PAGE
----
Joshua was born with hairdressing in his veins; his grandfather was a stylist and master wig maker, his father was a master barber, and his brother Daniel was a renowned colorist. At the age of 15, Joshua studied ladies’ and gents’ hairdressing, wig making, film, and theatre at what is now the London College of Fashion before entering the Merchant Navy to become the ship’s hairdresser. Joshua joined French of London Mayfair in the 1960s before a stint in New York working for John Bernard House of Revlon, 5th Avenue, where he was personal stylist to Judy Garland and Julie Andrews. He returned to London in 1961 to join Sassoon in Bond Street as a stylist; 4 years later he was manager, and by 1968 had become general manager of the London salons and opened the first Sassoon School in Knightsbridge. He opened the Sassoon salon in Manchester, and by 1973 had become the general manager of Europe, opening the first Sassoon salon in Munich. Joshua started his own business, Joshua Galvin Shows and Seminars, with sponsorship from Wella. He opened the first Joshua Galvin Salon in 1980, became the founder of the British Hairdressing Awards in 1984, and founded Joshua Galvin Central Training in 1986. In 1983 he became involved with the first Alternative Hair Show, in aid of Leukemia and Lymphoma Research, and received the Lifetime Achievement Award in 2010. Joshua died in 2011.
Charles Booth opened La Coupe in Montreal in 1967 at 21 years old, having been trained by Vidal Sassoon in London and working in the first Sassoon Salon in New York. He opened two more salons in Montreal soon afterward, a Manhattan location in 1971, and one in Toronto in 1977 where hairdressers traveled from all over the world to for 2-day “Teach-Ins.” In 1983, Charles started La Coupe products, and takes credit for discovering mousse in 1983 in a shop in London and introducing it to North America, saying, "I went from being a dumb hairdresser to a marketing genius overnight.”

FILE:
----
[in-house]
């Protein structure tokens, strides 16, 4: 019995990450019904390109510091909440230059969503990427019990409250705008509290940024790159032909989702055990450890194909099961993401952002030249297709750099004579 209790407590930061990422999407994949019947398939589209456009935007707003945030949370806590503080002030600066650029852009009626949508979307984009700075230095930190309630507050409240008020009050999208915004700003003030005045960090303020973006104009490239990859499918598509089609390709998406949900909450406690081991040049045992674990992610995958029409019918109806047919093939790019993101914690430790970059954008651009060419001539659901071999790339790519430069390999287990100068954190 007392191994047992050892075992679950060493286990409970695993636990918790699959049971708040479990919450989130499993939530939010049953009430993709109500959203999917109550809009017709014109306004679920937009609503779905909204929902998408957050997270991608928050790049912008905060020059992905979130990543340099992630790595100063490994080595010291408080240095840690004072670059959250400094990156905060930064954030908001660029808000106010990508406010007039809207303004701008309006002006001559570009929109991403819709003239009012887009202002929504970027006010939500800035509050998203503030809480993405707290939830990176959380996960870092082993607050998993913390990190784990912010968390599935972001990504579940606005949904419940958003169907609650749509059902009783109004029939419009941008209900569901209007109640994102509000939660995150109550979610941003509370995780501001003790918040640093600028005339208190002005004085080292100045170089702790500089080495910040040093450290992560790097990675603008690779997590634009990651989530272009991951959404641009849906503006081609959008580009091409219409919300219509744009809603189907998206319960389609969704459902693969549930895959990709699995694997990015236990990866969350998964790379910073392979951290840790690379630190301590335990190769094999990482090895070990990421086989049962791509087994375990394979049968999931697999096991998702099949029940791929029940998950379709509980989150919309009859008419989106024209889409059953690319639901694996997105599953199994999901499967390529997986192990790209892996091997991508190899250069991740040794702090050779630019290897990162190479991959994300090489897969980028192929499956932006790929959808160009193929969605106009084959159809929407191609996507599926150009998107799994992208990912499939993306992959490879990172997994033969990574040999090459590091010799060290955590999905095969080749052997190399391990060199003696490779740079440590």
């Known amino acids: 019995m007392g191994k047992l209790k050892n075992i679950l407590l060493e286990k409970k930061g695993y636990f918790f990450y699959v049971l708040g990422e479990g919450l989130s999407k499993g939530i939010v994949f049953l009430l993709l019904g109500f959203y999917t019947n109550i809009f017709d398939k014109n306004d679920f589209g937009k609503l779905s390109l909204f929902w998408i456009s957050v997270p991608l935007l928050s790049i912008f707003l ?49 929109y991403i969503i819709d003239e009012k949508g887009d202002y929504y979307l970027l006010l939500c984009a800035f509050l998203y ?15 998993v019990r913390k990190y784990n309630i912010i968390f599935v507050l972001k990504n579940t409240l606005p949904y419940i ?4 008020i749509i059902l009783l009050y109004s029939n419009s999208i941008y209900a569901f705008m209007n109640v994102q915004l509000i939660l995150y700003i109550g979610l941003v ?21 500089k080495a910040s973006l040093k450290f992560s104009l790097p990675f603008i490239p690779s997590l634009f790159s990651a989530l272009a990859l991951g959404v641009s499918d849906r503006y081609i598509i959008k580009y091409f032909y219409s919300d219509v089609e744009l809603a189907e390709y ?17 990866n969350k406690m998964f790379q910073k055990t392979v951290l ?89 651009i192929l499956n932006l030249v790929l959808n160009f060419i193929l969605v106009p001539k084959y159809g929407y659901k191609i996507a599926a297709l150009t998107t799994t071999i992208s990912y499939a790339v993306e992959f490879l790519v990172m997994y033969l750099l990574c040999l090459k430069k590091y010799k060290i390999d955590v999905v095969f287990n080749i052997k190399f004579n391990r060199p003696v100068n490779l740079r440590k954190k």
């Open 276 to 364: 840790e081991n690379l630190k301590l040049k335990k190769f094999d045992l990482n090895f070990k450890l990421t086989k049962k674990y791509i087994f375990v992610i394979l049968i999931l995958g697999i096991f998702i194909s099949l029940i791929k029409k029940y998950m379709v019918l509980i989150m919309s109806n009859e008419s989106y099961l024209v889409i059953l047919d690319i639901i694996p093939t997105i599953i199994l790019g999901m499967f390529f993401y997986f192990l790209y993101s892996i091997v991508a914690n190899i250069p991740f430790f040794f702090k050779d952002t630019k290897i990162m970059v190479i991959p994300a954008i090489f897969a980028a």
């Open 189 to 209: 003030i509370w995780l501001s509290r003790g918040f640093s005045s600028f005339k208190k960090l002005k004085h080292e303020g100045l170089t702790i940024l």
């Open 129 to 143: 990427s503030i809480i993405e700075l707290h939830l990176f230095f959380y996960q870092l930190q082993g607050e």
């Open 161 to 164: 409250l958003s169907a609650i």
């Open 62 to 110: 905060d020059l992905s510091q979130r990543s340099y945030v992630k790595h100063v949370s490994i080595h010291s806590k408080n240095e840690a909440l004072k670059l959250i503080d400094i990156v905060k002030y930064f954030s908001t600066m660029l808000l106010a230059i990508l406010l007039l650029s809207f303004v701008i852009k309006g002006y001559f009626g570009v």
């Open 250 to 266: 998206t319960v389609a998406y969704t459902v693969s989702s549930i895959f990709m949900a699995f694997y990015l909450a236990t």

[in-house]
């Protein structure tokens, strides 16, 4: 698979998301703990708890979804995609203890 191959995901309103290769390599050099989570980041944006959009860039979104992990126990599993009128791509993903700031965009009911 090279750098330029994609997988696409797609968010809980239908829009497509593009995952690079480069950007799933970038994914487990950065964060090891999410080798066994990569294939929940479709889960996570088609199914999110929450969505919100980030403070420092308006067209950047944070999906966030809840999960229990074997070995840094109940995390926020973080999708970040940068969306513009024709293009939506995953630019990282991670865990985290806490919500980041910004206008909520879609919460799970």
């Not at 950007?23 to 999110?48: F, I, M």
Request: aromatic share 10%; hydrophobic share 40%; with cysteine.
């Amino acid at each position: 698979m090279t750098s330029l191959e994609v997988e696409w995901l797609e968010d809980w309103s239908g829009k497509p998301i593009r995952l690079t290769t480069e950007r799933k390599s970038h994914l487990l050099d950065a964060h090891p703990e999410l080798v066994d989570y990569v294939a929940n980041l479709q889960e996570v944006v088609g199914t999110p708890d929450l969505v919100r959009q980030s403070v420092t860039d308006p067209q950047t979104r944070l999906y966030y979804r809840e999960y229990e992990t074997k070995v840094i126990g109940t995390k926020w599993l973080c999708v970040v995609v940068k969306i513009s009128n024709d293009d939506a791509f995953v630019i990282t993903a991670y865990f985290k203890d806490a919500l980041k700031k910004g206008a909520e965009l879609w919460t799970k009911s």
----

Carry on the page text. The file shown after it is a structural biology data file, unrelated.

18-year-old Richard Stein arrived in New York for the 1965 opening of the first US Sassoon salon before joining fellow Sassoonie Paul Mitchell on The Beauty Floor at Henri Bendel. He became a favorite stylist for legendary fashion photographers such as Richard Avedon, Hiro, and Francesco Scavullo, which led Richard to create his most memorable haircut dubbed ‘The Shag.’ He opened his own Manhattan salons while also publishing two books, Set Free and Split Ends, and wrote and performed a one-man show, Cut + Paste: A Musical Memoir at LaMama. He is also the creator of the product line Fleuremedy Hair Care.
Christopher Pluck went to London in 1964 to join Sassoon's Bond Street salon, created hair styles for Paris and Milan fashion shows, and worked with top photographers Richard Avedon, David Bailey, and Francesco Scavullo with editorial credits in Vogue, Bazaar, and GQ, among others. He moved to New York City with the Sassoon organization, travelled through the US as an educator with Vidal for Redken, and joined friend and ex-Sassoonie Paul Mitchell as an educator at the start of Paul's SuperHair. By 1980, Christopher had established 2 Manhattan salons and opened his studio in Red Bank, NJ in 1997. Christopher has devised CPIS (Christopher Pluck Integrating System) as his return to hair cutting education.
John Santilli was a major part of the Sassoon organization, training at the New Bond and Sloane Street salons, and became one of the first teachers at the first Sassoon school at Knightsbridge in 1968, then Davies Mews in 1971. He opened the first Sassoon Academy in Queen Street in 1974 and was principal. He travelled globally to teach Sassoon techniques, and opened his own school in Rome, Italy. John has worked as platform artist and educator for L'Oreal, Wella, Schwarzkopf, Helene Curtis, Anasazi, and others, and is based in Rome, Italy when not traveling the world as an educator.